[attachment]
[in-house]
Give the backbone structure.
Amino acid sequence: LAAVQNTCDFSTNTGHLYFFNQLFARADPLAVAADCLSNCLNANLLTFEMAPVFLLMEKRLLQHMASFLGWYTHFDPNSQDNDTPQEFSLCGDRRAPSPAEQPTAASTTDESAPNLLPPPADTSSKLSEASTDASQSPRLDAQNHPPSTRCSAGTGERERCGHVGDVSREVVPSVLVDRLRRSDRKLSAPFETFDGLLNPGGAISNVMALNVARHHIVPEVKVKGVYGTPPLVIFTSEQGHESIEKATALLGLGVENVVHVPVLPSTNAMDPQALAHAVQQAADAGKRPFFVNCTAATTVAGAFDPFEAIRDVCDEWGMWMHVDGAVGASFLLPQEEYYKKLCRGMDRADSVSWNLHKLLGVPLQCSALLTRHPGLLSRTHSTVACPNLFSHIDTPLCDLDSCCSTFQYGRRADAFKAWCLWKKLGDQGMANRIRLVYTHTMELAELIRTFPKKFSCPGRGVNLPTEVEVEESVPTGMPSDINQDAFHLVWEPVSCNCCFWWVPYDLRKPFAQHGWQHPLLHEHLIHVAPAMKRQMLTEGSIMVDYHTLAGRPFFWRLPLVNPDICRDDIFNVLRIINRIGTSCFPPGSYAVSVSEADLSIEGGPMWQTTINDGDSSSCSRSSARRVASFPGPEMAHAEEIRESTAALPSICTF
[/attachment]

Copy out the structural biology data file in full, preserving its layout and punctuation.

[in-house]
Give the backbone structure.
Amino acid sequence: LAAVQNTCDFSTNTGHLYFFNQLFARADPLAVAADCLSNCLNANLLTFEMAPVFLLMEKRLLQHMASFLGWYTHFDPNSQDNDTPQEFSLCGDRRAPSPAEQPTAASTTDESAPNLLPPPADTSSKLSEASTDASQSPRLDAQNHPPSTRCSAGTGERERCGHVGDVSREVVPSVLVDRLRRSDRKLSAPFETFDGLLNPGGAISNVMALNVARHHIVPEVKVKGVYGTPPLVIFTSEQGHESIEKATALLGLGVENVVHVPVLPSTNAMDPQALAHAVQQAADAGKRPFFVNCTAATTVAGAFDPFEAIRDVCDEWGMWMHVDGAVGASFLLPQEEYYKKLCRGMDRADSVSWNLHKLLGVPLQCSALLTRHPGLLSRTHSTVACPNLFSHIDTPLCDLDSCCSTFQYGRRADAFKAWCLWKKLGDQGMANRIRLVYTHTMELAELIRTFPKKFSCPGRGVNLPTEVEVEESVPTGMPSDINQDAFHLVWEPVSCNCCFWWVPYDLRKPFAQHGWQHPLLHEHLIHVAPAMKRQMLTEGSIMVDYHTLAGRPFFWRLPLVNPDICRDDIFNVLRIINRIGTSCFPPGSYAVSVSEADLSIEGGPMWQTTINDGDSSSCSRSSARRVASFPGPEMAHAEEIRESTAALPSICTF